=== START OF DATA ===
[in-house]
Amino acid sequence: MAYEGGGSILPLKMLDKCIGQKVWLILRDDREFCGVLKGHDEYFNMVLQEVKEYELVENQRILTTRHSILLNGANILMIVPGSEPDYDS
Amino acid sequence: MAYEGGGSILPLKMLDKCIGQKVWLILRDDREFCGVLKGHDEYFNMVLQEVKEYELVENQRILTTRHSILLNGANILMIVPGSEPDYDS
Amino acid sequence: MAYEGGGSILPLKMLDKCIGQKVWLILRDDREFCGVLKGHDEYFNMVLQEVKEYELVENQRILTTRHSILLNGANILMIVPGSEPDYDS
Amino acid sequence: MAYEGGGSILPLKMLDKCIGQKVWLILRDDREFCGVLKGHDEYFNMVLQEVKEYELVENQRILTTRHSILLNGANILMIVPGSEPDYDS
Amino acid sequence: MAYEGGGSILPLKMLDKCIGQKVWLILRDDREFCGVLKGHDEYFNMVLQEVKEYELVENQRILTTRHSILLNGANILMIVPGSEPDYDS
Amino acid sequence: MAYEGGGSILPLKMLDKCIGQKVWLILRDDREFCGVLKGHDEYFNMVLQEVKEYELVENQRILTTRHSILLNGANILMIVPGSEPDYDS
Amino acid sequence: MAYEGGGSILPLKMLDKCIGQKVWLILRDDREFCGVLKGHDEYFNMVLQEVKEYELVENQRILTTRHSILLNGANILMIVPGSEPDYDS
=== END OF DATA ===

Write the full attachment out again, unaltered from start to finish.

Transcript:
[in-house]
Amino acid sequence: MAYEGGGSILPLKMLDKCIGQKVWLILRDDREFCGVLKGHDEYFNMVLQEVKEYELVENQRILTTRHSILLNGANILMIVPGSEPDYDS
Amino acid sequence: MAYEGGGSILPLKMLDKCIGQKVWLILRDDREFCGVLKGHDEYFNMVLQEVKEYELVENQRILTTRHSILLNGANILMIVPGSEPDYDS
Amino acid sequence: MAYEGGGSILPLKMLDKCIGQKVWLILRDDREFCGVLKGHDEYFNMVLQEVKEYELVENQRILTTRHSILLNGANILMIVPGSEPDYDS
Amino acid sequence: MAYEGGGSILPLKMLDKCIGQKVWLILRDDREFCGVLKGHDEYFNMVLQEVKEYELVENQRILTTRHSILLNGANILMIVPGSEPDYDS
Amino acid sequence: MAYEGGGSILPLKMLDKCIGQKVWLILRDDREFCGVLKGHDEYFNMVLQEVKEYELVENQRILTTRHSILLNGANILMIVPGSEPDYDS
Amino acid sequence: MAYEGGGSILPLKMLDKCIGQKVWLILRDDREFCGVLKGHDEYFNMVLQEVKEYELVENQRILTTRHSILLNGANILMIVPGSEPDYDS
Amino acid sequence: MAYEGGGSILPLKMLDKCIGQKVWLILRDDREFCGVLKGHDEYFNMVLQEVKEYELVENQRILTTRHSILLNGANILMIVPGSEPDYDS